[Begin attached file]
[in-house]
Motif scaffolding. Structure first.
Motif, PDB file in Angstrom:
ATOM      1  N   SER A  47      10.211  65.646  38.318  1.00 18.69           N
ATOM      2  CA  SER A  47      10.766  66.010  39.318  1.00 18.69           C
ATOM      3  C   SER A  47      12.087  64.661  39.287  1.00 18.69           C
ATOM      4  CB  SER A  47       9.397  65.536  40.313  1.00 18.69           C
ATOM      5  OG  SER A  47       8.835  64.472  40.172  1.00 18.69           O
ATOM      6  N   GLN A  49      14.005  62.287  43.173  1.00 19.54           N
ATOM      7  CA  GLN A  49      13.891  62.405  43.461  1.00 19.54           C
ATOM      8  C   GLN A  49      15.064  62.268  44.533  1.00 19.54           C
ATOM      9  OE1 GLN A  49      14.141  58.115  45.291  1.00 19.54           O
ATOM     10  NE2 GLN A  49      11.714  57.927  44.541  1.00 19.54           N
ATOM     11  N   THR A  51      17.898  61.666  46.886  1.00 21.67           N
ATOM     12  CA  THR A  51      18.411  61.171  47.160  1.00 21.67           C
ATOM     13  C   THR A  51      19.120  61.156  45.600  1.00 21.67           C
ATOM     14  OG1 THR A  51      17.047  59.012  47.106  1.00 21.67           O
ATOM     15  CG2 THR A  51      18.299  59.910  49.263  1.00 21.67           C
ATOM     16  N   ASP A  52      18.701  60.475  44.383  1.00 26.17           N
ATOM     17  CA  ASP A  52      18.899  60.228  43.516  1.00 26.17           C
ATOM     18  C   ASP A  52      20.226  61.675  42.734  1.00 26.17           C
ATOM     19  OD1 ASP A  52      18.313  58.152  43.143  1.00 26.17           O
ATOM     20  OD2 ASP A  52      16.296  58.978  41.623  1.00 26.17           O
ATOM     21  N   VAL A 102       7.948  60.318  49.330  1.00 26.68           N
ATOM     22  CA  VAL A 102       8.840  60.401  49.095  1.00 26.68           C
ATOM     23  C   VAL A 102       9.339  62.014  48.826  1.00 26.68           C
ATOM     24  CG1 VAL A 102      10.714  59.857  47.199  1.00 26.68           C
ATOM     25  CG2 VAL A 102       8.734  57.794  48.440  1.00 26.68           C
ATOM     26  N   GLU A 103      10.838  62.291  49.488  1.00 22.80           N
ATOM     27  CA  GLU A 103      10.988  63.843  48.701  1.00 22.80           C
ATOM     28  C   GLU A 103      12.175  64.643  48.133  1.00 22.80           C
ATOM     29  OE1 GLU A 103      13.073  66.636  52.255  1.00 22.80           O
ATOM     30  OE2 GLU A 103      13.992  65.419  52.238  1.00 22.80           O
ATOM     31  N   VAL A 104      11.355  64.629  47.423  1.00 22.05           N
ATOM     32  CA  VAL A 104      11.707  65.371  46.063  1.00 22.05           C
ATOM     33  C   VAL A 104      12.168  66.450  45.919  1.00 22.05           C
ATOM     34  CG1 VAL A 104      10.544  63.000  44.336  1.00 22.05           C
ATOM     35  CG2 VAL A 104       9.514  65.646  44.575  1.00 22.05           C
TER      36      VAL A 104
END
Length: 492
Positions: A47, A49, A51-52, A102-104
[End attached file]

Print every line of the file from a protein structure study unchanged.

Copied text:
[in-house]
Motif scaffolding. Structure first.
Motif, PDB file in Angstrom:
ATOM      1  N   SER A  47      10.211  65.646  38.318  1.00 18.69           N
ATOM      2  CA  SER A  47      10.766  66.010  39.318  1.00 18.69           C
ATOM      3  C   SER A  47      12.087  64.661  39.287  1.00 18.69           C
ATOM      4  CB  SER A  47       9.397  65.536  40.313  1.00 18.69           C
ATOM      5  OG  SER A  47       8.835  64.472  40.172  1.00 18.69           O
ATOM      6  N   GLN A  49      14.005  62.287  43.173  1.00 19.54           N
ATOM      7  CA  GLN A  49      13.891  62.405  43.461  1.00 19.54           C
ATOM      8  C   GLN A  49      15.064  62.268  44.533  1.00 19.54           C
ATOM      9  OE1 GLN A  49      14.141  58.115  45.291  1.00 19.54           O
ATOM     10  NE2 GLN A  49      11.714  57.927  44.541  1.00 19.54           N
ATOM     11  N   THR A  51      17.898  61.666  46.886  1.00 21.67           N
ATOM     12  CA  THR A  51      18.411  61.171  47.160  1.00 21.67           C
ATOM     13  C   THR A  51      19.120  61.156  45.600  1.00 21.67           C
ATOM     14  OG1 THR A  51      17.047  59.012  47.106  1.00 21.67           O
ATOM     15  CG2 THR A  51      18.299  59.910  49.263  1.00 21.67           C
ATOM     16  N   ASP A  52      18.701  60.475  44.383  1.00 26.17           N
ATOM     17  CA  ASP A  52      18.899  60.228  43.516  1.00 26.17           C
ATOM     18  C   ASP A  52      20.226  61.675  42.734  1.00 26.17           C
ATOM     19  OD1 ASP A  52      18.313  58.152  43.143  1.00 26.17           O
ATOM     20  OD2 ASP A  52      16.296  58.978  41.623  1.00 26.17           O
ATOM     21  N   VAL A 102       7.948  60.318  49.330  1.00 26.68           N
ATOM     22  CA  VAL A 102       8.840  60.401  49.095  1.00 26.68           C
ATOM     23  C   VAL A 102       9.339  62.014  48.826  1.00 26.68           C
ATOM     24  CG1 VAL A 102      10.714  59.857  47.199  1.00 26.68           C
ATOM     25  CG2 VAL A 102       8.734  57.794  48.440  1.00 26.68           C
ATOM     26  N   GLU A 103      10.838  62.291  49.488  1.00 22.80           N
ATOM     27  CA  GLU A 103      10.988  63.843  48.701  1.00 22.80           C
ATOM     28  C   GLU A 103      12.175  64.643  48.133  1.00 22.80           C
ATOM     29  OE1 GLU A 103      13.073  66.636  52.255  1.00 22.80           O
ATOM     30  OE2 GLU A 103      13.992  65.419  52.238  1.00 22.80           O
ATOM     31  N   VAL A 104      11.355  64.629  47.423  1.00 22.05           N
ATOM     32  CA  VAL A 104      11.707  65.371  46.063  1.00 22.05           C
ATOM     33  C   VAL A 104      12.168  66.450  45.919  1.00 22.05           C
ATOM     34  CG1 VAL A 104      10.544  63.000  44.336  1.00 22.05           C
ATOM     35  CG2 VAL A 104       9.514  65.646  44.575  1.00 22.05           C
TER      36      VAL A 104
END
Length: 492
Positions: A47, A49, A51-52, A102-104